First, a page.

So you've probably heard a few people gushing over rosehip oil benefits or perhaps you read that Kate Middleton, Duchess of Cambridge, owes her glowing complexion to rosehip. But what is it? Why does everyone seem to love it? And why will it totally change your skincare routine?
What is Rosehip oil?
The rosehip is the little seeded fruit that grows on the wild rose bushes of South America. They're usually bright red but can be purple or even black depending on the rose bush. Rosehip oil comes from the seeds found inside the fruit and is extracted through pressing.
Why is rosehip oil good for skin?
The reason rosehip oil is so good for your skin is because it is very rich in vitamin A (in the form of provitamin A and tretinoin), antioxidants and fatty acids. These are all compounds that fight skin concerns like ageing and sun spots.
Vitamin A has many skin restorative properties. Essentially it can improve and correct all skin conditions because it normalises skin functions and literally repairs and reprograms cells. Vitamin A works by stimulating and thickening the dermis, which is the layer of skin that contains connective tissue and cushions the body from stress and strain. The dermis contains your blood vessels and collagen and vitamin A increases both blood flow collagen production in this area - leading to reduced wrinkles, slower ageing processes, cell repair, reduction in pigmentation or sun spots, possible eradication precancerous lesions and an increased rate of wound healing.
So if vitamin A is this amazing? Why aren't we all just dipping our faces in vitamin A or dosing up on vitamin A tablets. Well unfortunately, large doses of vitamin A can have some pretty nasty side effect including increased sensitivity to light, birth defects and, in extreme cases, poisoning. This is why you'll find heavy-duty vitamin A creams are prescription only. Any and all side-effects are avoidable if you move back to the basics and get your vitamin A from an unprocessed and natural source, rather than a man-made cream.
Rosehip is just that, natural and unprocessed. It contains just enough of two types of vitamin A, provitamin A or beta-carotene and tretinoin. Tretinoin just so happens to be the compound that retinol converts to. Yes, retinol, the other miracle skin cure that everyone raves about. Some retinol creams cost $100+ but you can get rosehip oil for under $20.
Fatty acids are essential for our all over health and they're great for our skin. But here's the kicker? Our bodies can't actually produce these, we have to get them from an external source - foods and topical treatments. Fatty acids are the basics of healthy cells. They are natural moisturisers which improve skin quality, flexibility and permeability. Critical in keeping skin hydrated, they help to create and produce the skin's natural oil barrier which leads to plumper and younger looking skin.
Essential fatty acids have also been linked to a reduction in sun sensitivity and also, they've been shown to diminish inflammation associated with acne. Rosehip oil contains three fatty acids - omega-3, omega-6 and omega-9. Omega-3 is essential for the structure of our cells and provides moisture and plumpness to the skin. Helping in the production of natural skin oils, omega-6 helps cells create a natural barrier to protect from environmental damage from the sun, wind and cold. Omega-9 helps to literally repair skin and tissue damage and improves the over all condition of your skin. So now that you know the benefits, you should also know that without fatty acids your skin can be dry, congested and prone to blackheads and whiteheads. They are literally essential for beautifully, flawless and healthy skin.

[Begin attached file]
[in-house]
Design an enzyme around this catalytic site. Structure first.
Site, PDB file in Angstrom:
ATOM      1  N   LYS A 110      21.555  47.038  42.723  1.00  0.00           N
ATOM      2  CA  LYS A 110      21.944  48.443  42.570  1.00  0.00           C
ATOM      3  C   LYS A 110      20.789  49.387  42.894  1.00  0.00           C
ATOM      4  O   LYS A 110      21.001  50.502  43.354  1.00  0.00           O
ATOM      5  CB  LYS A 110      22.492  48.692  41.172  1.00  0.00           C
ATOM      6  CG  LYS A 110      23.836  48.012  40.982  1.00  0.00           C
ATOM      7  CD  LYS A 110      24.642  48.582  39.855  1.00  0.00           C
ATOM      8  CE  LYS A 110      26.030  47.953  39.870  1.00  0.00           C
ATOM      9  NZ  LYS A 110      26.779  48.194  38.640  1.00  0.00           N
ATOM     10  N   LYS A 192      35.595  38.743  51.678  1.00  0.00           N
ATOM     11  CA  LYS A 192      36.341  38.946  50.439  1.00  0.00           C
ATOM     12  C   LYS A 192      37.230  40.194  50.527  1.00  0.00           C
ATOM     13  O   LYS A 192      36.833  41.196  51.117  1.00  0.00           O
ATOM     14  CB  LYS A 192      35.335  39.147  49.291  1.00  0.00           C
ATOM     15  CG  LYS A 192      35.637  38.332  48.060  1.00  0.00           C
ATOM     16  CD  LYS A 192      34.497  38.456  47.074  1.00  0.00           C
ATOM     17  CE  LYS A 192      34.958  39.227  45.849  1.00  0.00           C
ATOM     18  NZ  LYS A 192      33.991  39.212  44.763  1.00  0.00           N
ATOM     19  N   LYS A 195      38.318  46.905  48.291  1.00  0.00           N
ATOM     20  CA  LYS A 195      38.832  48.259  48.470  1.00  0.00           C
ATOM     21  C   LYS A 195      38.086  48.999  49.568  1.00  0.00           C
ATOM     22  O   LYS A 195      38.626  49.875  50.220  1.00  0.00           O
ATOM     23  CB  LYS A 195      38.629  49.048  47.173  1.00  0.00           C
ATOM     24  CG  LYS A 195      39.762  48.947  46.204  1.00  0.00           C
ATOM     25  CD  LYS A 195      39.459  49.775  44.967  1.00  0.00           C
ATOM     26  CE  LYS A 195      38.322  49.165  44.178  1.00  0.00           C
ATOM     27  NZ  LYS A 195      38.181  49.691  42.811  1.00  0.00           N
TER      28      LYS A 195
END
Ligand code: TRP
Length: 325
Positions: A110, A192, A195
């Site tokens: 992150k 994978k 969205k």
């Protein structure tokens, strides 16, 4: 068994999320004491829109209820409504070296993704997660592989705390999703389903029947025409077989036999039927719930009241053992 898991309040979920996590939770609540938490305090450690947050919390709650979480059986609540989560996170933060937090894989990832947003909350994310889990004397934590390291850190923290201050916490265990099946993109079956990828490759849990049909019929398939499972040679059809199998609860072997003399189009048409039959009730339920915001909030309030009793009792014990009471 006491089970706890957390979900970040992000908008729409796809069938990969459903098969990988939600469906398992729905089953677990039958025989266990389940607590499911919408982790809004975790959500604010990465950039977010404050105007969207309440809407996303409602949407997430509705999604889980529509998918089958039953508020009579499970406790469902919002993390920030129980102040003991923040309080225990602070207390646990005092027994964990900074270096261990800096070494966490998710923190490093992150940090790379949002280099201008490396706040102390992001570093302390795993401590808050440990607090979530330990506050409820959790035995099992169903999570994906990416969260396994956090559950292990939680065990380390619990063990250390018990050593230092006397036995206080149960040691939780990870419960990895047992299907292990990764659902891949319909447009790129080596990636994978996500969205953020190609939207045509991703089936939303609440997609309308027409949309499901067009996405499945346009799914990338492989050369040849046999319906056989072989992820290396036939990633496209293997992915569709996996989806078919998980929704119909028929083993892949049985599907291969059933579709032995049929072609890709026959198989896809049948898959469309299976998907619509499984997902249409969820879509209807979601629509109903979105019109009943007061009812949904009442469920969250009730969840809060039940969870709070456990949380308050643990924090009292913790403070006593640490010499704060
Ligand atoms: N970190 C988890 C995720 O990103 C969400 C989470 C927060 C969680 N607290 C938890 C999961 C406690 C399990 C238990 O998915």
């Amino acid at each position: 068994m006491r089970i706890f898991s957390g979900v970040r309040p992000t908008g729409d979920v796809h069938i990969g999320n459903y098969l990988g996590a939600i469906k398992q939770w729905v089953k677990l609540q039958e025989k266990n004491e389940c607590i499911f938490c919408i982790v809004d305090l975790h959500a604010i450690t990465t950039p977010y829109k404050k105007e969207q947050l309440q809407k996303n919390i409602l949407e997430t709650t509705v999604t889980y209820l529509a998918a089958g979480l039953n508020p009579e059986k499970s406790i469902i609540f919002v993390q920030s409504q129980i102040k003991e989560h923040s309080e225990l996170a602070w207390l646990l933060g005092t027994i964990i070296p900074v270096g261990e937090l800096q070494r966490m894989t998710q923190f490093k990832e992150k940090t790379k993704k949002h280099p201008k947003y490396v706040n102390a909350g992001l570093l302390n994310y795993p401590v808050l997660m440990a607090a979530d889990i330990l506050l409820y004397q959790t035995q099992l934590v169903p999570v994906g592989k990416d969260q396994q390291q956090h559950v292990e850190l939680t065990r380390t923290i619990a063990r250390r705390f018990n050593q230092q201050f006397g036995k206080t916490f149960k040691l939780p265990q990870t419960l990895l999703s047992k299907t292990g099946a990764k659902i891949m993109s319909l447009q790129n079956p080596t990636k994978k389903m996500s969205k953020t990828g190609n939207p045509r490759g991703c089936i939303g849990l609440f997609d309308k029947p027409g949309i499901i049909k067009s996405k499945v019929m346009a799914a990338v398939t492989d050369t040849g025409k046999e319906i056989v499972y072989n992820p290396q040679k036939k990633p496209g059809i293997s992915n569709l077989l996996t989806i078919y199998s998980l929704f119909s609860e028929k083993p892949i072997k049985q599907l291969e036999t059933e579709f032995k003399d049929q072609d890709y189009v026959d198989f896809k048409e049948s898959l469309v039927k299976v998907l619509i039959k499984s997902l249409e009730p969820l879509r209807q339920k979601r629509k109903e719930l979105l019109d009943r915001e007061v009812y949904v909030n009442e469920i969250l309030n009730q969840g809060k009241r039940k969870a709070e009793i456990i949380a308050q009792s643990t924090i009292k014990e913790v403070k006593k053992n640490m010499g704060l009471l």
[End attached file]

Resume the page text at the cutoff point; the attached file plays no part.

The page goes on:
Antioxidants are compounds that protect the body's tissues from harm. They neutralise and counteract free radicals, which are molecules that can cause severe damage to our cells. The damage caused by free radicals has been linked to numerous diseases including cancer and cardiovascular disease. Free radicals are also a predominant cause of premature ageing. It is the process of oxidation (the way the body destroys bacteria and bad cells) that generates free radicals, as a result we're designed to deal with a controlled number of them. However, factors like pollution, pesticides, smoking, stress, alcohol and poor diet can increase the free radicals to a number that the body can't cope with. Free radicals damage our cells and if there are many free radicals attacking a cell it will eventually die - if too many cells are killed, we age. And this is why antioxidants are so important, they combat the free radicals and stop them from killing our cells.
Rosehip oil has numerous antioxidants, notably beta-carotene and lycopene. The vitamin A in Rosehip oil allows the oil to penetrate deeper into the skin where antioxidants are truly needed. Lycopene improves skin texture and evens out fine lines while the beta-carotene fights against free radical damage.
Vitamin C is another amazing feature of rosehip oil. Like beta-carotene, it provides antioxidant protection from free radicals and can aid in the anti-ageing process. But vitamin C has a number of other benefits too. It helps to brighten skin and reduce the appearance of brown spots. In fact, vitamin C is so effective at reducing sun related pigment damage that you can buy it in a pure topical form. Vitamin C also stimulates collagen production and keeps the skin tight and firm.
Rosehips are very rich in vitamin C, richer in fact than almost every other fruit. However, almost all of the vitamin C is lost during the oil extraction process. Many rosehip oils have added vitamin C for this reason. If you see a bottle that has "+ Vitamin C" written on it, this means that the vitamin C was added after the extraction process and it's not actually a bottle of pure rosehip oil. Anyone wanting pure rosehip should avoid these but if you want the brightening effects of vitamin C then, give it a go.